The Siamese were physically little different from those, which had been imported from Siam. They were sturdier, healthier, (but then people were healthier than their Victorian counterparts), but otherwise hardly changed.

The watershed came in 1980, when the Siamese Join Advisory Committee decided to re-define the standard of point, by which all Siamese were judged. The new standard called for a thinner "daintier" cat, and the shape of the head, which was required to be "wedge-shaped" was given more emphasis. On the face of it, these changes, which were not dramatic, should not have had the far-reaching consequences that they did. They in themselves were not the problem, but various breeders' interpretation of the new standard, particularly in America, where they always seem to want to push things to the limit, was the problem. Suddenly everything had to be long and thin, the longer and thinner the better. Long, thin bodies, long tails, long legs, long noses with thin close lying coats. They were a caricature of the animals they were meant to be.

When man take a hand in designing an animal, he seems to want to exaggerate the characteristics that he first admired without thought to the health or well being of the animal. Hence, we have in the dog world, Bulldogs, whose enormous heads mean that the majority of bitches can't whelp naturally; Sharpie's, whose wrinkled skin has been exaggerated to the point where they cannot see for folds of skin over their eyes; Old English Sheepdogs, whose hair completely covers their eyes and dachshunds, whose bodies have been elongated until they suffer spinal problems and become paralyzed. The cat world too has its parallels; in dogs the Pekinese and now in cats the ultra Persian. These are unfortunate animals who have been designed to have extreme flat faces with the nose pushed up to the eyes causing continual weeping, and breathing difficulties. Of course, we can't leave these examples without mentioning those ultimate obscenities, the Mexican Hairless dog, the Sphynx or hairless cat, and the Munchkin. These last pitiful creatures are man's "designer creations", which stand no chance of survival in the wild and are totally dependent on human bounty for their existence.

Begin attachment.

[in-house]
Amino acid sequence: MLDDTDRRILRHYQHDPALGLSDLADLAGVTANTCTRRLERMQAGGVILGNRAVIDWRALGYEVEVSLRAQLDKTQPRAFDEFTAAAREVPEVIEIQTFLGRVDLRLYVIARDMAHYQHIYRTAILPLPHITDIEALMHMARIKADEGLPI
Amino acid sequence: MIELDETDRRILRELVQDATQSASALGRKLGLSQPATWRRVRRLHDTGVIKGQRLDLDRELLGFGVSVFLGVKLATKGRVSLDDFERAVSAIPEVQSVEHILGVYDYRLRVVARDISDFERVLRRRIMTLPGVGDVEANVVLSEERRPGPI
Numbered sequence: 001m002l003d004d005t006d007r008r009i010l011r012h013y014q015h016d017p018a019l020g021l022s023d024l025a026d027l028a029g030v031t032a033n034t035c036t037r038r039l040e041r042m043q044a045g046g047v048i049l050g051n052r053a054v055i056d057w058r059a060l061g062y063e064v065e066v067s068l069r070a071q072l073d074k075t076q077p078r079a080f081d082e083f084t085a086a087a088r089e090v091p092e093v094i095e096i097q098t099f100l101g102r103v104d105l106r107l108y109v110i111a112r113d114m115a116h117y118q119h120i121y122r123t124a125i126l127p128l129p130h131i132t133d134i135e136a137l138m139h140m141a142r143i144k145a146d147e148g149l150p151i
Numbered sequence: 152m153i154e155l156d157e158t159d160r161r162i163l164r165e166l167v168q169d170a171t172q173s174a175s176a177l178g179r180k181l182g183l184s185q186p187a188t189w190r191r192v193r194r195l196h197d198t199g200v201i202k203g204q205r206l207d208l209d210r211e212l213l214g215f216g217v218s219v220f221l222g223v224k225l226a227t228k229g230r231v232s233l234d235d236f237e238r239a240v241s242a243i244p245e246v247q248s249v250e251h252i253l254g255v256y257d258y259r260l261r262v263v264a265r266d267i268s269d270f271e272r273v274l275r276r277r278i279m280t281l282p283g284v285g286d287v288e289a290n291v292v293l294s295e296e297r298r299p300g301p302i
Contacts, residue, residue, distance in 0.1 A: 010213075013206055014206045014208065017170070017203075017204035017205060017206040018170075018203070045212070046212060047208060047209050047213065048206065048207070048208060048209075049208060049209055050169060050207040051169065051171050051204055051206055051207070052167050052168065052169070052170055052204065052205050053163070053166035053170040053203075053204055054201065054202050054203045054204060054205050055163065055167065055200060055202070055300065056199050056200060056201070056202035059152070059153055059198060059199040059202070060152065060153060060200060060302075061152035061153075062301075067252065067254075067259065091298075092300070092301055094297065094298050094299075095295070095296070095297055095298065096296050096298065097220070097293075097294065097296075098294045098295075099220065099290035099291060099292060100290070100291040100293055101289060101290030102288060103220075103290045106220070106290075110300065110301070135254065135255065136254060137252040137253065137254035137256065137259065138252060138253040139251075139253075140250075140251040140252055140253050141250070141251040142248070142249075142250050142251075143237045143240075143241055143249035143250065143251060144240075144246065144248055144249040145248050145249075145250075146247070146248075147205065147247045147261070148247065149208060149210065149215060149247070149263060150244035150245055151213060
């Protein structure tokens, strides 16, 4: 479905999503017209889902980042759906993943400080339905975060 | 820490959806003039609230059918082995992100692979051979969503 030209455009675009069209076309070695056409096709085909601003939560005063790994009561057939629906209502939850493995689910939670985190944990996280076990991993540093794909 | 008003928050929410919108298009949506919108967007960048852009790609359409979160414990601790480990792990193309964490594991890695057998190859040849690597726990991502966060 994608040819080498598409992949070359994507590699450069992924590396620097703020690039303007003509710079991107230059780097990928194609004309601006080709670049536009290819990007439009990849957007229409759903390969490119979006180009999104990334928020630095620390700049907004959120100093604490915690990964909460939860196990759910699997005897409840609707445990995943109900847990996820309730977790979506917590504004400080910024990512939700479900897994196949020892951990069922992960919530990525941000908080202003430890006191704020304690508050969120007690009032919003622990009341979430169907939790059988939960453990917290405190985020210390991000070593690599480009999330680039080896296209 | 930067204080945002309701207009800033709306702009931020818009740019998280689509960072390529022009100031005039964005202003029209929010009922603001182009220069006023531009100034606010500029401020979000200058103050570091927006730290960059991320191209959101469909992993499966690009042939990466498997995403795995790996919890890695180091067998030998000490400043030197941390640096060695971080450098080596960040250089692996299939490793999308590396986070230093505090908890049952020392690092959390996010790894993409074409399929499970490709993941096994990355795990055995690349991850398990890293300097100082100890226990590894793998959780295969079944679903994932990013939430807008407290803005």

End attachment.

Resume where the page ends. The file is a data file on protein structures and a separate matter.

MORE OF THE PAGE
The Siamese has reached such extremes.